Supported by Scottish Government funds, the successful projects all aim to reduce greenhouse gas emissions and tackle climate change in agriculture and food production.
The chosen projects focus specifically on resource efficiency, emission reduction, environmental performance and farm sustainability and will receive a total of just over £ 170,000 in funding.
“Looking ahead to COP26, the whole world was thinking about what needs to be done to tackle climate change and what we need to do in the future,” said Rural Affairs Secretary Mairi Gougeon.
“It is clear that we all need to work together to achieve our climate goals. This is why investing and supporting the transfer of knowledge and innovation within our agricultural sector has never been more important.
Projects receiving funding included: £ 35,100 in funding has been awarded to the Carbon Trotterprints project which will be facilitated by Wholesome Pigs (Scotland), the cooperative company which currently monitors pig health, giving rapid feedback to provide benefits in terms of reduced antibiotic and drug use, disease eradication, reduced production costs, and the ability to promote a healthy and “healthier” product in the market.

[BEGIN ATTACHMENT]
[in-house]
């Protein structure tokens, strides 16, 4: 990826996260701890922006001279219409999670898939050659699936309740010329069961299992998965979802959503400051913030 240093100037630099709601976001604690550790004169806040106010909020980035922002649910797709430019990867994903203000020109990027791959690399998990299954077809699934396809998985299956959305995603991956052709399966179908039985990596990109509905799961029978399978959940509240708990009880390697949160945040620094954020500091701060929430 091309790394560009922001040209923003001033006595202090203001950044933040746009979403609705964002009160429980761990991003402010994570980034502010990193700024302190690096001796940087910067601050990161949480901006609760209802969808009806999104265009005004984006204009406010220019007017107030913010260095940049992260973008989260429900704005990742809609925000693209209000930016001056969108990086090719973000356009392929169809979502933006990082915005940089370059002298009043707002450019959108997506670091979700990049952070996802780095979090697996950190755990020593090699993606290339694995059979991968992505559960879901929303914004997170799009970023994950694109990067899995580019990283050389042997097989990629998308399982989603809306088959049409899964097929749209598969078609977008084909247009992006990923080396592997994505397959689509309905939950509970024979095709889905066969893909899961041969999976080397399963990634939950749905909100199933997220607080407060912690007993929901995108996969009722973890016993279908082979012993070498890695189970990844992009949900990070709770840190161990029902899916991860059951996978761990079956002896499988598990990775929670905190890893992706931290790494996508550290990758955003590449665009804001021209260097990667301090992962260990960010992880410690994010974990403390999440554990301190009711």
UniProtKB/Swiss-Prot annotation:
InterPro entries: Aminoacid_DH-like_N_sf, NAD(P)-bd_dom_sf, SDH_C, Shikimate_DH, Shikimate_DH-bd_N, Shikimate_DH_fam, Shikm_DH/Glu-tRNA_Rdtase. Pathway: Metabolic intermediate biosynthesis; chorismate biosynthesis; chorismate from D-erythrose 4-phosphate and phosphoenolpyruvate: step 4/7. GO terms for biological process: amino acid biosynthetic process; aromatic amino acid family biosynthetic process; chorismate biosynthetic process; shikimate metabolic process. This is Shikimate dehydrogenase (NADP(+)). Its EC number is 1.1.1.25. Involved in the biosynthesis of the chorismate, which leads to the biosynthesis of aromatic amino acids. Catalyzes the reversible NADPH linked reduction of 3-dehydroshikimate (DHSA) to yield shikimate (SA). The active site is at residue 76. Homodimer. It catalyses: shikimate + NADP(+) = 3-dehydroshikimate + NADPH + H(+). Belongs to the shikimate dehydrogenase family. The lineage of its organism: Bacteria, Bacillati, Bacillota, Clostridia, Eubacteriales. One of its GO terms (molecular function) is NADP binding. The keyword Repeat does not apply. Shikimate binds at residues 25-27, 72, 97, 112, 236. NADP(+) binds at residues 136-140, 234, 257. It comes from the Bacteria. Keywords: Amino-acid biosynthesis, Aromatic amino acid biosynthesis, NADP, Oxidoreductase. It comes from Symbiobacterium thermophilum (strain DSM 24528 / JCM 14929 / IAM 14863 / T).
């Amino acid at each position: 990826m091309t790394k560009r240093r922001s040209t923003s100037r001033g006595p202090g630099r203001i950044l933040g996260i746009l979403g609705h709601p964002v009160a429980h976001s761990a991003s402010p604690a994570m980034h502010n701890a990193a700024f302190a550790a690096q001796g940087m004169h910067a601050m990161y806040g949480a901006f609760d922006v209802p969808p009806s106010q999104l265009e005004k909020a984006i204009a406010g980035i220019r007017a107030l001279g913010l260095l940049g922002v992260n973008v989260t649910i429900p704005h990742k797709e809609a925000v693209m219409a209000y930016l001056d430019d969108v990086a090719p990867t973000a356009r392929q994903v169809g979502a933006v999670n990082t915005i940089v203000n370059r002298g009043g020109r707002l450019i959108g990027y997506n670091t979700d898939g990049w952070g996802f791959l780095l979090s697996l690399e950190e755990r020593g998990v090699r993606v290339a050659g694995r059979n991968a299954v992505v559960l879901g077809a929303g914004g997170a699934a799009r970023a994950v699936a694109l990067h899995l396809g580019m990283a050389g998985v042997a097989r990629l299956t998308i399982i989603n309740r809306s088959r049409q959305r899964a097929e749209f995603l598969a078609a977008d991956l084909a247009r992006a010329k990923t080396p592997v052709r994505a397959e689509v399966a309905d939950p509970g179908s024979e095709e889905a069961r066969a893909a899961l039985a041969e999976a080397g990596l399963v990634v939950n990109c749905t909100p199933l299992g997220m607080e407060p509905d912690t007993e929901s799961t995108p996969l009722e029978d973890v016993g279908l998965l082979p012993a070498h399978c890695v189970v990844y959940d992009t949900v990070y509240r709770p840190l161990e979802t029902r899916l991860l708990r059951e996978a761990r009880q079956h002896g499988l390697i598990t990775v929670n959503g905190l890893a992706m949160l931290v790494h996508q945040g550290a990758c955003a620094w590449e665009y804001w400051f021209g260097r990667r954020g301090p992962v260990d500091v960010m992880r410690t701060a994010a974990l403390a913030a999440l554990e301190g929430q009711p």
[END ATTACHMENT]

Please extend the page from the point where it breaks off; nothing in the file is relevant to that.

The project aims to build on the success of using benchmarking within the Scottish pig industry to improve carbon calculators and minimize the work involved on the farm to perform carbon audits and thereby reduce any future financial support requirements. By comparing and standardizing the results of three different carbon footprint calculators, the effects of different business and management structures on emissions will also be explored.
Soil Health – A Route Towards Net Zero for the Scottish Livestock Industry, which will be managed by Farm Stock (Scotland) Ltd, has received £ 69,878 to help Scottish agriculture meet climate change targets by becoming more efficient, including through better management of soil health.
An agroecology project to facilitate mindset change, led by Nourish Scotland has received £ 43,575 to bring together organizations to encourage knowledge transfer and exchange among farmers who have started adopting approaches and agroecological practices and those who have yet to be convinced – especially through a farmer cooperative farmer / farmer-to-farmer learning program.
Agroforestry in Action 2, which will be facilitated by the Soil Association (Scotland), has received £ 18,862.50 to build on its 2021 ‘Agroforestry in Action’ (AIA) program which aims to raise awareness of integration of trees into agricultural systems and the associated benefits for sustainable agriculture and production, resource-efficient land management, environment, nature and secure climate.
Forth Resource Management won £ 4,374 for a project to create a three-video series highlighting the role of the agriculture industry in transitioning to a low-carbon future. They also aim to share knowledge about food and energy production for the benefit of the environment to the entire agricultural industry.